The rail industry makes offer to ASLEF to drive up performance for passengers
Train operating companies have offered the ASLEF drivers’ union a landmark outline proposal that would deliver more reliable services for passengers, in exchange for a pay increase of 4 plus 4 percent over two years covering the 2022 and 2023 pay awards, backdated to the relevant pay anniversary. It also includes a commitment to no compulsory redundancies until at least 31 March 2024.
The offer is contingent on common sense, vital and long overdue changes to working arrangements across the industry. Many of these are already best practice in parts of the railway and are designed to avoid disruptive gaps in services. If accepted, the proposal would mean the base salary for the average driver would increase from £60,000, to almost £65,000 by the end of 2023.
Proposed changes include a Sunday Commitment Protocol, whereby drivers who are rostered to work a Sunday shift are contractually committed to doing so, unless alternative cover can be found. The change is vital in a post-covid world which has seen leisure travel – currently at 116% of pre-covid levels on Sundays - recover far more strongly than commuter and business travel.
In addition to making services more reliable on Sundays, the proposal:
- Reduces the time it takes to train safe and competent drivers through better use of technology, allowing more drivers to join the workforce more quickly and building resilience in the network;
- Changes the method for learning new routes, from being based on a fixed amount of time, to being assessed based on individuals’ skill levels, in most cases allowing drivers to adopt new routes far more rapidly to help plug gaps in service;
- Allows competent and trained managers to drive trains during disruption – this is not possible in the majority of cases due to current outdated working practices;
- Gives train companies back the ability to move drivers between depots where there are gaps due to sickness or absence, which cause cancellations or delays for passengers, particularly during disruption;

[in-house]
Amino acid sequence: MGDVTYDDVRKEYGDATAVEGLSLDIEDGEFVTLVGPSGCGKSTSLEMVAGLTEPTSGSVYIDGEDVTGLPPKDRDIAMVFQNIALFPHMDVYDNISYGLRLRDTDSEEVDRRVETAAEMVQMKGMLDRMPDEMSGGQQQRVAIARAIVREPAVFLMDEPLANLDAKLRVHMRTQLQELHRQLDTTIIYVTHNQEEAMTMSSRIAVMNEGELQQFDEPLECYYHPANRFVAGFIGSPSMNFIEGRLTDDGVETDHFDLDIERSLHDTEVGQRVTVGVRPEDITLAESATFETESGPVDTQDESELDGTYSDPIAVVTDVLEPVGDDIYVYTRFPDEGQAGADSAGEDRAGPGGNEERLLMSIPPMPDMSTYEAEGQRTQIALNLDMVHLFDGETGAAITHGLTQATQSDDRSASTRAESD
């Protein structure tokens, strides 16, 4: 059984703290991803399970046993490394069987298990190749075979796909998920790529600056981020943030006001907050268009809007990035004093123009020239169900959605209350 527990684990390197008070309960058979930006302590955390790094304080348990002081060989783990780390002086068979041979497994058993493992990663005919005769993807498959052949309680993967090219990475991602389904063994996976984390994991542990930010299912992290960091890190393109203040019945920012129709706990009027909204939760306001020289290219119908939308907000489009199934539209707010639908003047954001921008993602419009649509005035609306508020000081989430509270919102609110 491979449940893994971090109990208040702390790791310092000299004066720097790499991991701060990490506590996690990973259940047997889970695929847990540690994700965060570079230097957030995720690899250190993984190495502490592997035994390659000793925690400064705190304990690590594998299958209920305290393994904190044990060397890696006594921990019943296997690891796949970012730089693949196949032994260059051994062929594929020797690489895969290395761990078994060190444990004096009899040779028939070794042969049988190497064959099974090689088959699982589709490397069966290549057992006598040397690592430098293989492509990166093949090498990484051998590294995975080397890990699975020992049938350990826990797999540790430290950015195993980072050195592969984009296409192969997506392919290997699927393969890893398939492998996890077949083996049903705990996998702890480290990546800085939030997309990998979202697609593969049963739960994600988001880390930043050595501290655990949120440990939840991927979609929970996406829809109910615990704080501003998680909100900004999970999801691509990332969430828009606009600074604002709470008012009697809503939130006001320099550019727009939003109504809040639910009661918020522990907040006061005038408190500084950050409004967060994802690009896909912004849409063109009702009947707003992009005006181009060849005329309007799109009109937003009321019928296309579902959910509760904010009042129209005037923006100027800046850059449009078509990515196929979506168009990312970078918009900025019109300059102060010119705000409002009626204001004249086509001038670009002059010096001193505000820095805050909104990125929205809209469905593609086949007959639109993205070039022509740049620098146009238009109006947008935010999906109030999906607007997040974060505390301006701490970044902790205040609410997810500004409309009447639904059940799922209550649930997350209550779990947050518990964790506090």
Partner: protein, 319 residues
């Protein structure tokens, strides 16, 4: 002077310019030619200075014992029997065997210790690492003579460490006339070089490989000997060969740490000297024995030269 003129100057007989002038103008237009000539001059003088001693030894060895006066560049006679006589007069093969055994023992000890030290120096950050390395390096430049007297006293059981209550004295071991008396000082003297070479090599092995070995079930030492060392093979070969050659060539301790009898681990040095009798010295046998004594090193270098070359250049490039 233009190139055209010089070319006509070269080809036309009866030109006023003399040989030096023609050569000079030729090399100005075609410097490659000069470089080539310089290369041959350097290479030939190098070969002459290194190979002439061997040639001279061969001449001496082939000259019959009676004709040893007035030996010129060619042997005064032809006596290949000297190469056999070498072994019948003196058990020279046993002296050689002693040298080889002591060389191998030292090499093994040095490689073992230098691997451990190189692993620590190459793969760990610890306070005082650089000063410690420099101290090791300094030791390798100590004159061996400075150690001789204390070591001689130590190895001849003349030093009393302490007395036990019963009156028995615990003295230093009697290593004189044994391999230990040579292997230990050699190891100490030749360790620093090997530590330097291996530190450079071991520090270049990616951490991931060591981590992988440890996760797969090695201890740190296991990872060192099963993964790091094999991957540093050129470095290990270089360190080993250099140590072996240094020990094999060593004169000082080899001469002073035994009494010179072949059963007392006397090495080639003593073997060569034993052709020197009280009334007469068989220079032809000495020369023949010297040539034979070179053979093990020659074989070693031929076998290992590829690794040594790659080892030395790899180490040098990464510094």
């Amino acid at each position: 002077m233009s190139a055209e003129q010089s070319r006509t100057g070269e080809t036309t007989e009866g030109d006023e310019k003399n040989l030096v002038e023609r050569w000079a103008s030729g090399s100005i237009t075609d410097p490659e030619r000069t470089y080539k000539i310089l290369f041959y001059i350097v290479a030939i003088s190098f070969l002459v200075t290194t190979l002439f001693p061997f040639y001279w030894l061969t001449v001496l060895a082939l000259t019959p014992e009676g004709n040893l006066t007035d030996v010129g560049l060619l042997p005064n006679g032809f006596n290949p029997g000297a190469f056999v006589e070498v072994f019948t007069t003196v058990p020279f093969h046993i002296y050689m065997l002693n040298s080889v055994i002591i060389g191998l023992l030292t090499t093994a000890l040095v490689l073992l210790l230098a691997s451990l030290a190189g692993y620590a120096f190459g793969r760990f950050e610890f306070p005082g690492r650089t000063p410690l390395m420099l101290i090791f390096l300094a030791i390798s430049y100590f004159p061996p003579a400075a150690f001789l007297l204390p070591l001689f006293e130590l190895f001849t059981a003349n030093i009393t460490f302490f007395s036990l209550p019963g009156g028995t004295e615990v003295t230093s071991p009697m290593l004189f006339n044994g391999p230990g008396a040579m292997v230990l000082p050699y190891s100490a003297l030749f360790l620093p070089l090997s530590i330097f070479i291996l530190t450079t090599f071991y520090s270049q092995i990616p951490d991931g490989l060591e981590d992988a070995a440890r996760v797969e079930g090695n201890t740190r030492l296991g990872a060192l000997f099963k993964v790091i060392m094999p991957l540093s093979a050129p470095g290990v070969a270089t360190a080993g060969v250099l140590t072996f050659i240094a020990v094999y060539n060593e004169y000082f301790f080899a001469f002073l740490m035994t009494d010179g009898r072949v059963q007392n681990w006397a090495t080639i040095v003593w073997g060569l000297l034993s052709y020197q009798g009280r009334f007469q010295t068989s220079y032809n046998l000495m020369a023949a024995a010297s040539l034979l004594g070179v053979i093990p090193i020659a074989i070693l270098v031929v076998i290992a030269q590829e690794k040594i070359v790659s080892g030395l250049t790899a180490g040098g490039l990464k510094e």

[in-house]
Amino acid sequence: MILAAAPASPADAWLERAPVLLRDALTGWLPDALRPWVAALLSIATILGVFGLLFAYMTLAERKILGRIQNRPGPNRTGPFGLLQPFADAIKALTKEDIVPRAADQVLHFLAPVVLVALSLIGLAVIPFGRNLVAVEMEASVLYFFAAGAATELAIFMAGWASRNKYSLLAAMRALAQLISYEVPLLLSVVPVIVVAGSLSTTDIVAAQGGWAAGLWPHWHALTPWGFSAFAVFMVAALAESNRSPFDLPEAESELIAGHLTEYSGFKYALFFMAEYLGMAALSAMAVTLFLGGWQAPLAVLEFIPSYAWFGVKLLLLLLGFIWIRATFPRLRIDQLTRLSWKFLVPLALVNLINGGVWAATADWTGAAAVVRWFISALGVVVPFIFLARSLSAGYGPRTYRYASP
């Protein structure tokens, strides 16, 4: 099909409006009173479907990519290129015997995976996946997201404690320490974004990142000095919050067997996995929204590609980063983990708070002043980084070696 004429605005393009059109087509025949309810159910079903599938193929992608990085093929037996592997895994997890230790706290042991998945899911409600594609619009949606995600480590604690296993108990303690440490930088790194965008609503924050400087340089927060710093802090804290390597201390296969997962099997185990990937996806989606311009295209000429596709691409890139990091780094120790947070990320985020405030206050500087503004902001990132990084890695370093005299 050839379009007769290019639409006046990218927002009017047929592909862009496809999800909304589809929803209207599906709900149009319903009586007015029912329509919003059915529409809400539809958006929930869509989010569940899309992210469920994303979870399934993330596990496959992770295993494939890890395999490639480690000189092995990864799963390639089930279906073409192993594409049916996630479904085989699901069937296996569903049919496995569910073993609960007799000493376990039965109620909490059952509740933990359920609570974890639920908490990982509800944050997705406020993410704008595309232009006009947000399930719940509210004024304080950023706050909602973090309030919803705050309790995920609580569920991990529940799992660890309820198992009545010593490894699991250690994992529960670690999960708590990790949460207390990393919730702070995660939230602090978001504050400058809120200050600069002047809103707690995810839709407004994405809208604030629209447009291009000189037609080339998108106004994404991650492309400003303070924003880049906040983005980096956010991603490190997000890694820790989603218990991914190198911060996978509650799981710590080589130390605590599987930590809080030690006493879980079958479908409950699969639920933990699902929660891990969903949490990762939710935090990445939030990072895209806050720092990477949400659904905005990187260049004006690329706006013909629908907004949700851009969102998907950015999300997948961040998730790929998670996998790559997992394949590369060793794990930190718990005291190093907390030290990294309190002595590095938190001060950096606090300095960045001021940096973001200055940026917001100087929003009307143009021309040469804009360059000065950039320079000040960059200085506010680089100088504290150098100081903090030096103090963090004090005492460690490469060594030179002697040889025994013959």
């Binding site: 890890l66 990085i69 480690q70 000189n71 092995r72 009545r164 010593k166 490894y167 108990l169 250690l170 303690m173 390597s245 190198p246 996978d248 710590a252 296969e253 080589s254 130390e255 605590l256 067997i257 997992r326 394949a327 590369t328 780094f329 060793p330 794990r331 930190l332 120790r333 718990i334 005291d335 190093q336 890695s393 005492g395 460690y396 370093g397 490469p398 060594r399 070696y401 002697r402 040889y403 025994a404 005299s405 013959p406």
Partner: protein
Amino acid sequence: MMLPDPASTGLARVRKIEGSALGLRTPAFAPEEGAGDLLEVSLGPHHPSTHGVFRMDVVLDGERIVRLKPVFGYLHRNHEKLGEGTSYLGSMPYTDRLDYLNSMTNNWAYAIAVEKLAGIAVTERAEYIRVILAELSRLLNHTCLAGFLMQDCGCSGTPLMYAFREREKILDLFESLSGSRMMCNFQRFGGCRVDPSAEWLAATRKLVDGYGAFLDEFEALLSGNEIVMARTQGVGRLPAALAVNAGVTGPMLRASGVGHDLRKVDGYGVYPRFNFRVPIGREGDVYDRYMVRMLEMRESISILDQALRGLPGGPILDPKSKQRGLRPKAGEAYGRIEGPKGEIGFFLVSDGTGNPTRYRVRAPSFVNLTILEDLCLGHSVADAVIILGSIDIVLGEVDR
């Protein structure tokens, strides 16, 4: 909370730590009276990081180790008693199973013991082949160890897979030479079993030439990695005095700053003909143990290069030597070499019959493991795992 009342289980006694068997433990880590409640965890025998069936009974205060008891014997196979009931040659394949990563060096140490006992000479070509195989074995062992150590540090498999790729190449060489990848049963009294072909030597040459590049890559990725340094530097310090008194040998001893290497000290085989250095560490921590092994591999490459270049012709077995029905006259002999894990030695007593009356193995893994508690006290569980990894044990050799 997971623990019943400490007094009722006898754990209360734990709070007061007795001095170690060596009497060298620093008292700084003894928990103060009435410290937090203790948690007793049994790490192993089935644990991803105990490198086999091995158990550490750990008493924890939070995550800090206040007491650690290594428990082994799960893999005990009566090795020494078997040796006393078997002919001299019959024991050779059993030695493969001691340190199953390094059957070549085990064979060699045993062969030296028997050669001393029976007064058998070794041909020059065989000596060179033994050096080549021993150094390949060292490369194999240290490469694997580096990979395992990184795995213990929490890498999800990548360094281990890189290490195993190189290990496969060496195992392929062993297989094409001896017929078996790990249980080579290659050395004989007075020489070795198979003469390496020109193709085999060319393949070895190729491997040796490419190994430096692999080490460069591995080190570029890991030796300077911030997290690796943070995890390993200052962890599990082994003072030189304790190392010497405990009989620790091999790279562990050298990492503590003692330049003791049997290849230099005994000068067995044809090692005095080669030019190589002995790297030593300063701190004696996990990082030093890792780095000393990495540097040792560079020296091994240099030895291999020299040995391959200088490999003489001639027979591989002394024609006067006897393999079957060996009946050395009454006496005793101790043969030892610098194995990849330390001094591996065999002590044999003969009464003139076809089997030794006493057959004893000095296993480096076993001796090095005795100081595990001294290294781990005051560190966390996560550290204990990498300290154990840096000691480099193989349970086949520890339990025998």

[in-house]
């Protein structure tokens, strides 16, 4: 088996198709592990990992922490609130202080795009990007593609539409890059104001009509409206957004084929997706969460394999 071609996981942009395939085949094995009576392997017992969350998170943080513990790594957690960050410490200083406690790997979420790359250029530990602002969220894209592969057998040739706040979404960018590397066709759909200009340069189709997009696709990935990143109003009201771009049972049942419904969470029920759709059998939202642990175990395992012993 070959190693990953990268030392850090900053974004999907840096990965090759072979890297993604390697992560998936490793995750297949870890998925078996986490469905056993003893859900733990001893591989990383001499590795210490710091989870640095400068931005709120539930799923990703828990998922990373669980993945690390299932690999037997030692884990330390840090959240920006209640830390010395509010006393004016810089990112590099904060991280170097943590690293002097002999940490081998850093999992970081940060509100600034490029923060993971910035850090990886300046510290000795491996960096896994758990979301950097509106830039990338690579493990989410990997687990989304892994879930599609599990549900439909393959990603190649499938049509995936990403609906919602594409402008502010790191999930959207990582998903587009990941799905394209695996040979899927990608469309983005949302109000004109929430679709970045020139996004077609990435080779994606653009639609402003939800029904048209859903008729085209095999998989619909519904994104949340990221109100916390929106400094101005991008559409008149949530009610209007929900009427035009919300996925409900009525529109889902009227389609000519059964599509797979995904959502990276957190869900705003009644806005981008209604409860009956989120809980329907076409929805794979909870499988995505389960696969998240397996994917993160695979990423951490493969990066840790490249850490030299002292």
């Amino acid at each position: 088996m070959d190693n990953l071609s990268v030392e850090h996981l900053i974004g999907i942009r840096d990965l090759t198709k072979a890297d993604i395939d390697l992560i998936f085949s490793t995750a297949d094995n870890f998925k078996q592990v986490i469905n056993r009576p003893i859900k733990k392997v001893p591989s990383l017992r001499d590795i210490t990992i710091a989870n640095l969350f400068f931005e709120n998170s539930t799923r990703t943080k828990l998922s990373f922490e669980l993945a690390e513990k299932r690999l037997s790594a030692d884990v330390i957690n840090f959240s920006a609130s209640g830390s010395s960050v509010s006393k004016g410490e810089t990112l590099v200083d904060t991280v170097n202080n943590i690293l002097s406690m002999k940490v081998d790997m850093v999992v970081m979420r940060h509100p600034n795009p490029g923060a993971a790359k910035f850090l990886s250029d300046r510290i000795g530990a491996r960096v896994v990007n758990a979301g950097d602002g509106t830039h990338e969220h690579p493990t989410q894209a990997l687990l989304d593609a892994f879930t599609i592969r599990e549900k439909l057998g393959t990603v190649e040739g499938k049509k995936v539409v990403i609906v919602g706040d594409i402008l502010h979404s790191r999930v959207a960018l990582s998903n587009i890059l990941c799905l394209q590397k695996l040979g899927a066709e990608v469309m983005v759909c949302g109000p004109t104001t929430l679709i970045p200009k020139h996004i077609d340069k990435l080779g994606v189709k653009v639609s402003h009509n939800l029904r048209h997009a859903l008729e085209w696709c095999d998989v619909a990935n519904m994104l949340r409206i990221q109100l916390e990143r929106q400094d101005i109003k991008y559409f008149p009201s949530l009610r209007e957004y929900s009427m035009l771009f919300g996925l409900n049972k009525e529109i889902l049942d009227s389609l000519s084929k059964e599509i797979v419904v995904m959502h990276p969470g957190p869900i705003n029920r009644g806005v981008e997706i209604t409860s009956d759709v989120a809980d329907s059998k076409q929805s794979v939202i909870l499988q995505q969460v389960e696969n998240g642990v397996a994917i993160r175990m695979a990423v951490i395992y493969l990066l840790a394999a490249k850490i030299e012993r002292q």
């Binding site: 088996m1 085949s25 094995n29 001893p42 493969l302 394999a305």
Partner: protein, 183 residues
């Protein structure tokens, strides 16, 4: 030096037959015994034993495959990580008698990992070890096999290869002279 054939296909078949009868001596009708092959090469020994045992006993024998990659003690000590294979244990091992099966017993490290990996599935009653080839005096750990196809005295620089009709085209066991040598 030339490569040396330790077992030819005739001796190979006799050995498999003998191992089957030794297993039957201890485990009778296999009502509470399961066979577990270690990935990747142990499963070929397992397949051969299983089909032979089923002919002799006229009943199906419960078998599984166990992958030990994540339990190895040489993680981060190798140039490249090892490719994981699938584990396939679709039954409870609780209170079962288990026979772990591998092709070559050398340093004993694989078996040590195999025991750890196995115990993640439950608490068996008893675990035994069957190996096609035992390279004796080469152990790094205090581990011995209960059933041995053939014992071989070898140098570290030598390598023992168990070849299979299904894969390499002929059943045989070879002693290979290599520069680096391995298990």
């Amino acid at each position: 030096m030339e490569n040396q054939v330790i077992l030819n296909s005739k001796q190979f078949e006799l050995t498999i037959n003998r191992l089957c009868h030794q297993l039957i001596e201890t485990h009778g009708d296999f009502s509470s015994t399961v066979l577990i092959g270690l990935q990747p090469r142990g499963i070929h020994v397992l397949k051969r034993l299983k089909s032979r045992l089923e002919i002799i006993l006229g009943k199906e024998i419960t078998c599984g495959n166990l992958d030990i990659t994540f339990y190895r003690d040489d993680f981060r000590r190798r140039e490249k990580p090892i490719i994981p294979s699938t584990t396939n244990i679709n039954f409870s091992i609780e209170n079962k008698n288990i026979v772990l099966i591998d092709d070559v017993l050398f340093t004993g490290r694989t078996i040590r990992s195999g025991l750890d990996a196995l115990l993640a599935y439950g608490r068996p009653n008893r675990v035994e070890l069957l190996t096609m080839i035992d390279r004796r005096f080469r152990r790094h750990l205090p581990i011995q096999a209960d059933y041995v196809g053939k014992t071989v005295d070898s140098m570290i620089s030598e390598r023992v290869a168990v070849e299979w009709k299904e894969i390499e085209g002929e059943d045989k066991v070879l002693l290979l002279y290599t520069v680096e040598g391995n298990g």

- Puts the control of staff work and training schedules back in the hands of the employers, who are accountable for ensuring they are optimised to run the best possible service for passengers.
The proposal also opens the door to a more diverse workforce by introducing part-time contracts and more flexible scheduling arrangements. It looks to address many inefficient and arcane practices that have long since been phased out of modern workforces, such as extra payment for the use of existing and new technology such as tablets and smart phones.
Taken together, the measures included in the proposal mark a generational shift between the railway being producer-led to being customer-focused.
According to Rail Delivery Group figures:
- The mean average train driver salary across the network is £60,055 which compares with £44,985 ten years ago. This compares with:
- Rail sector employee median salary: £44,000
- Nurse median salary: £31,000
- UK full-time worker median salary: £31,000
- Care worker median salary: £21,000
- The average driver salary has increased by more than a third – 34% - in the past decade.
Steve Montgomery, chair of the Rail Delivery Group, said: “This is a fair and affordable offer in challenging times, providing a significant uplift in salary for train drivers while bringing in common-sense and long-overdue reforms that would drive up reliability for passengers and allow the railway to adapt to changed travel patterns.
“With taxpayers still funding up to an extra £175 million a month to make up the shortfall in revenue post-covid, these changes are also vital for us to be able to fund the pay rise our people deserve.
“Instead of staging yet more damaging strike action and holding back changes that will improve services, we urge Aslef to work with us to bring an end to the dispute for our people, our passengers and the future of Britain’s railways.”
Employers tabled the draft proposal to set out national principles which, if accepted by ASLEF, would shape local implementation negotiations between each train operator and local representatives.